Wearable Health Monitoring: Robust Modeling of Physiology and Behavior from Real-World Sparse-Labeled Sensing
Alam, Md Ridwanul, Electrical Engineering - School of Engineering and Applied Science, University of Virginia
Lach, John, Electrical & Computer Engineering, University of Virginia
Continuous monitoring of health parameters, especially in real-world out-of-hospital settings, is vital for patients with chronic diseases in preventing acute and hazardous health outcomes. Sensing and machine learning (ML) can facilitate continuous health tracking to reduce such risks. For example, real-time sensing-based prediction of the agitated behavior in dementia patients can prevent harmful escalations, similarly, inference-based monitoring of the respiratory function in asthmatics can prevent asthma attacks.
State-of-the-art sensor-ML researches for health monitoring struggle to transfer in-lab performance to the real-world deployments, as models built with in-lab or limited duration “snapshot” data often fail to generalize temporally and spatially to real-world beyond-training scenarios. But continuous long-term health monitoring data from real-world settings are rare for most health applications and are challenging to acquire due to hurdles in system reliability and data availability, along with user compliance and usability. Challenges in model design with such large data range from inter-disease, inter-patient, and intra-patient variations among the health variables to signal noise and missing data. These challenges are aggravated by the lack of reliable ground truth from real users for such long-term data as well as by the lack of generalizability of the model performance beyond training scenarios.
This dissertation addresses these challenges for wearable sensor-ML systems in the acquisition and utilization of real-world long-term data for human behavior and physiology learning. To achieve robust data collection in real-world settings, a novel wearable-edge platform, named behavioral and environmental sensing and intervention (BESI), is proposed and implemented to facilitate usability, unobtrusiveness, reliability and data availability. Using such real-world data, this work explores learning methods for modeling human health parameters. Toward that goal, novel features are proposed for wearable sensor modalities, namely wrist-worn motion sensors (accelerometer and gyroscope) and chest-worn electrocardiogram (ECG). These features are used in standard instance-based ML methods and sequential models in learning health parameters. To capture the temporal progression of health symptoms, sequential models and temporal ensemble of instance-based models are designed and compared. To overcome the challenges of noisy sparse labels from real-world data, multi-instance learning (MIL) methods are implemented to release the constraint of exact labeling of the whole sequence. Finally, to achieve improved performance and generalizability, this work proposes a novel contextual ensemble learning method, called ConxEns. This method leverages available contextual information in learning ‘weak’ contextual models, and implement a probabilistic aggregator to infer the health parameters as an ensemble of the inferences of the specialized models. ConxEns is implemented for both classification and regression task and is evaluated for performance improvement, and to demonstrate its potential in generalizing beyond known dataset.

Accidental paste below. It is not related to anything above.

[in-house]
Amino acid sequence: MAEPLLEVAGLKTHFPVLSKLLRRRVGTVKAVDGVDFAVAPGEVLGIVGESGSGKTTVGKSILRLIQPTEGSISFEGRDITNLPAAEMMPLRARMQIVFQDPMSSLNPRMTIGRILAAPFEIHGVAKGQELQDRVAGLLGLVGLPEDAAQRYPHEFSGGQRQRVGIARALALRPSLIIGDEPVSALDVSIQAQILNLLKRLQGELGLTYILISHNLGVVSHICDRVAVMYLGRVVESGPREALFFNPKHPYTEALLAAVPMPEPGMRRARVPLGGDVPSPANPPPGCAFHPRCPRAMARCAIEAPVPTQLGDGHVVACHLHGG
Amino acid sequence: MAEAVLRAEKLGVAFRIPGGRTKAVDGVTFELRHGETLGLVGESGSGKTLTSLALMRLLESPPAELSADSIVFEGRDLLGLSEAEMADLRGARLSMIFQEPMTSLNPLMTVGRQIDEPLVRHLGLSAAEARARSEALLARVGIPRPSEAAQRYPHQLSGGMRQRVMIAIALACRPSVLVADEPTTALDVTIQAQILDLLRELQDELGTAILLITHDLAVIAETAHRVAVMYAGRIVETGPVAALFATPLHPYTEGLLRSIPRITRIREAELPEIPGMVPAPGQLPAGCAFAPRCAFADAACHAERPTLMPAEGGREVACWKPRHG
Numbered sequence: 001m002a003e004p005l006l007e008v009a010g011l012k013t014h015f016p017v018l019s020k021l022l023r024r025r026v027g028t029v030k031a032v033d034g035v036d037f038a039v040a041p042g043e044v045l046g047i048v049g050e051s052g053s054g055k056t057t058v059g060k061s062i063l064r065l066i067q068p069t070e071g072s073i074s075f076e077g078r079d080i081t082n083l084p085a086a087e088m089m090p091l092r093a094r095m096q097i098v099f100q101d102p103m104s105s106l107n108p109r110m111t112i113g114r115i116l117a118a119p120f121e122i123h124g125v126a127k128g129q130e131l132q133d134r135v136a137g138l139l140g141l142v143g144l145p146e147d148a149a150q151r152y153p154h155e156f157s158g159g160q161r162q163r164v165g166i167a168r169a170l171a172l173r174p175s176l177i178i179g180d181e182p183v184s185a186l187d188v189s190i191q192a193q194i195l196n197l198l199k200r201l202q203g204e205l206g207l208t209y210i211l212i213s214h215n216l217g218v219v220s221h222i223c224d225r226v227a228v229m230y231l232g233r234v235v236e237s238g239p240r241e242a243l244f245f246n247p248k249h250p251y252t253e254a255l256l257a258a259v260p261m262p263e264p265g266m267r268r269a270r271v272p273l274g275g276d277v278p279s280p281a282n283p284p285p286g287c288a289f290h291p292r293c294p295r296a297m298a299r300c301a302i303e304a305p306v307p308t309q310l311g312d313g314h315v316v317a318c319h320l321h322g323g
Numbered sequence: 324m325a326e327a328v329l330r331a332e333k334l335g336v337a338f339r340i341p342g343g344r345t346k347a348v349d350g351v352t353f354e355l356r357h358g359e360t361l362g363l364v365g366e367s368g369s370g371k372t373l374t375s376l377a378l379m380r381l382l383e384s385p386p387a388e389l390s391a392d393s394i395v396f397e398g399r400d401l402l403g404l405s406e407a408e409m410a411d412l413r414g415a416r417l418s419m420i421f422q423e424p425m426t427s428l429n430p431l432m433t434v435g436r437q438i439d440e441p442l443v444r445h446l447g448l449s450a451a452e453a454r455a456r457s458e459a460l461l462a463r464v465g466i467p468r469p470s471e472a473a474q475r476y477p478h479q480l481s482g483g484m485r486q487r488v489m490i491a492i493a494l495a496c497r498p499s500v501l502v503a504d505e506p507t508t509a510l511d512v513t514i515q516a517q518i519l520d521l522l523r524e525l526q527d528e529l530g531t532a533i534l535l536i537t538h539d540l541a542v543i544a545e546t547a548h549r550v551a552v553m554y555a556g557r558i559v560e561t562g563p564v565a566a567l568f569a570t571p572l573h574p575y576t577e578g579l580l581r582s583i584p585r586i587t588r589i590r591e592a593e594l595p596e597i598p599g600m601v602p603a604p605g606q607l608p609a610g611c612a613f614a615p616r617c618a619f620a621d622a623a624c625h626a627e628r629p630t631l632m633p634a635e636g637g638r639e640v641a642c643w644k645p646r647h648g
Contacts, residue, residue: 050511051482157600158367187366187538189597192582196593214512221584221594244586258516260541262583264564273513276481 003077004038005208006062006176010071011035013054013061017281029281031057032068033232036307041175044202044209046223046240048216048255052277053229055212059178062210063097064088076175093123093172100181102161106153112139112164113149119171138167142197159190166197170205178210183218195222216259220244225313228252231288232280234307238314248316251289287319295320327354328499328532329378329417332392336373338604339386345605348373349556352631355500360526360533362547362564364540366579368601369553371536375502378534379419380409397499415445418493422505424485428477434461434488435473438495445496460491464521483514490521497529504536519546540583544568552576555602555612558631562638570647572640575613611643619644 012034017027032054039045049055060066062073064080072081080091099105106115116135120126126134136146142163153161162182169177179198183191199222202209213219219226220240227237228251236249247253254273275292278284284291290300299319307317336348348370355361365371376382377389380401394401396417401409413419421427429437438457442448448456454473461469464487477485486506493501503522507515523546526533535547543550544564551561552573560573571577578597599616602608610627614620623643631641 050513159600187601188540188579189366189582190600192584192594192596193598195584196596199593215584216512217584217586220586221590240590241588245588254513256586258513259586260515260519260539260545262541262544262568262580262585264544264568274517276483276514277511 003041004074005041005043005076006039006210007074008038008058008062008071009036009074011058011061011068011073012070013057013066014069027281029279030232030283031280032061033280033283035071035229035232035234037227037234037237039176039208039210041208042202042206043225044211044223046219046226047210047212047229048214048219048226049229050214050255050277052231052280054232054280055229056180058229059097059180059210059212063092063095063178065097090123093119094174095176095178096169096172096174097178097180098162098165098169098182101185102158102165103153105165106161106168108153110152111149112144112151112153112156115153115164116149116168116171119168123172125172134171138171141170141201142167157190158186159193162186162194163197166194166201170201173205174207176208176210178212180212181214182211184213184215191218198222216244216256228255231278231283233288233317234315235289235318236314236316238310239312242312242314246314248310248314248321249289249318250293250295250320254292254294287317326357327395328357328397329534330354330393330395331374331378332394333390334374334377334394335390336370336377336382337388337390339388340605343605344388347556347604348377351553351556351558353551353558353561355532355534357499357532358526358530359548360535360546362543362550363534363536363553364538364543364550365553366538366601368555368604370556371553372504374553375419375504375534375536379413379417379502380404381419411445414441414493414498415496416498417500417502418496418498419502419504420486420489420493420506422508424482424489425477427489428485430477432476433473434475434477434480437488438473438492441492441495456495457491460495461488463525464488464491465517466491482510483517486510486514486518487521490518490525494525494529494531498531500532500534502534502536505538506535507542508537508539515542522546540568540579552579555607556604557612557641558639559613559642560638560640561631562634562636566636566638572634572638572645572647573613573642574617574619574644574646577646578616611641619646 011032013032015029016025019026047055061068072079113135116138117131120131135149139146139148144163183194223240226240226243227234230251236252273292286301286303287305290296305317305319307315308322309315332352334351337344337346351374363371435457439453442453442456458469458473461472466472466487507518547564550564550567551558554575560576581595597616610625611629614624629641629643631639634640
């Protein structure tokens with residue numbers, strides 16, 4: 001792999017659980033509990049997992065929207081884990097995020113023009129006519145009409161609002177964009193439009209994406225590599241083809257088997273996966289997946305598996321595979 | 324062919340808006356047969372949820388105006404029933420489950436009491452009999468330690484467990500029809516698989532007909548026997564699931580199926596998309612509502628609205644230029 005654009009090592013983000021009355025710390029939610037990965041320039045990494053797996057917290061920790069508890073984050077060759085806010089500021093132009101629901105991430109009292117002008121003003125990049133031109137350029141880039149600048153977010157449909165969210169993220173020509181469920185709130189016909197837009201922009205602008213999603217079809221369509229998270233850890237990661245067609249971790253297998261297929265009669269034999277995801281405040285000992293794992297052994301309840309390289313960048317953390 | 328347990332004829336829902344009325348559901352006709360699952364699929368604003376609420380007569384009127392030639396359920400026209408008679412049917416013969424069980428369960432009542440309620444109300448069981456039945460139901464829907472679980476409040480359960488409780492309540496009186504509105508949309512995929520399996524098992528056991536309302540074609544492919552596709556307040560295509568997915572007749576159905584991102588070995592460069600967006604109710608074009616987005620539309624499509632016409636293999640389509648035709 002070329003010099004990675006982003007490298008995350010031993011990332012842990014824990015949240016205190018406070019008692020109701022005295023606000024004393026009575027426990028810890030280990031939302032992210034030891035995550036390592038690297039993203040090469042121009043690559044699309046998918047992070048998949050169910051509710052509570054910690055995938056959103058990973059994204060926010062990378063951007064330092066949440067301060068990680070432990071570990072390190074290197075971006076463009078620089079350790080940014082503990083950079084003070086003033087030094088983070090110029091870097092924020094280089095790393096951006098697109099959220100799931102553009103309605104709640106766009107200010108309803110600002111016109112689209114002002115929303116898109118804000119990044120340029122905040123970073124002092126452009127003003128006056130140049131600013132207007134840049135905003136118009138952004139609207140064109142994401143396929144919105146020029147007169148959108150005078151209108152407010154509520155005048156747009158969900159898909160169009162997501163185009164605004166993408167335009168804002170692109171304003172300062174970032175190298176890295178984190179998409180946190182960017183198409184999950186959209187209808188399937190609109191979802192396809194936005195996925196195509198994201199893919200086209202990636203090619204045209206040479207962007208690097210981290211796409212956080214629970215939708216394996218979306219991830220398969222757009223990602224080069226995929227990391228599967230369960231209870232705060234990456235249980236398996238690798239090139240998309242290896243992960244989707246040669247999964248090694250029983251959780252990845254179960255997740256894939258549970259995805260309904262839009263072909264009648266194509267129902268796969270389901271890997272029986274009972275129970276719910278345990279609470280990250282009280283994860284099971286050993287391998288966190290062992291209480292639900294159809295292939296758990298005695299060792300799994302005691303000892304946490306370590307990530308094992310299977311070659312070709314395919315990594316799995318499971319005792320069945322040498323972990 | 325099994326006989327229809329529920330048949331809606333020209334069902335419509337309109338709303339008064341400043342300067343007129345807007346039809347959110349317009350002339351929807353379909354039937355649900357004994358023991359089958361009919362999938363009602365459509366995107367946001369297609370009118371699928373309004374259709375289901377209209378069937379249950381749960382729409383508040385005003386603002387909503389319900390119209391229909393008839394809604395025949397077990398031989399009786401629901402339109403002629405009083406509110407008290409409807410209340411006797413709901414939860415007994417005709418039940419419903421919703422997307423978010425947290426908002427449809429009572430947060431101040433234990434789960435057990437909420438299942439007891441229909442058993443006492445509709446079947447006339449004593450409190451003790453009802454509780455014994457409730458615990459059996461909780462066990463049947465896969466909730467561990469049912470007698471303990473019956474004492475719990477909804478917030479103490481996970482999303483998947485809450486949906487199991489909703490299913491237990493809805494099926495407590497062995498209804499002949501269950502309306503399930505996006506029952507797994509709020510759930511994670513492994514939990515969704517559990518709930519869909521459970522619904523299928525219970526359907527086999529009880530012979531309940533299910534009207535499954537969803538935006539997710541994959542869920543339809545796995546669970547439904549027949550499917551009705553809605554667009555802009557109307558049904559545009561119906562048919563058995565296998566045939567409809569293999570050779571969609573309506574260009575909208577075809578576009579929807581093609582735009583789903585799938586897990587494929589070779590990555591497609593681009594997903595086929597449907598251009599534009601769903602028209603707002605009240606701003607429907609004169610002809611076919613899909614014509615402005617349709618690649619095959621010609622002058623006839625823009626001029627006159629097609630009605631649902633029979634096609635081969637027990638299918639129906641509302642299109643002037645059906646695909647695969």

The proposed models and ConxEns pipelines are evaluated in the scope of two major healthcare studies: dementia and asthma care. For the dementia study, the BESI system is evaluated and used to collect patients’ wrist motion signals during month-long deployments at their homes. The agitated behavior in dementia patients are modeled as a classification task using the proposed motion features with standard ML models. Multi-instance models MIL-Boost and MI-SVM have demonstrated improved performance compared to single-instance models. Using agitated behavioral symptoms as a context, the proposed ConxEns pipeline is implemented to predict agitation. Result demonstrates robust performance and generalizability. The proposed solutions are applied to another study on asthma care demonstrating the generalizability across health applications. For this study, novel features are proposed for wrist motion and wearable ECG signals and are used to regress the respiratory parameters of study participants using both standard ML models and the proposed ConxEns pipeline. Improved performance and generalization in evaluation demonstrate the robustness of the proposed method for health monitoring. This work leads the way for future research in personalized health modeling toward explainable intervention design.
PHD (Doctor of Philosophy)
wearable sensor, health monitoring, respiration sensing, agitation in dementia, context modeling
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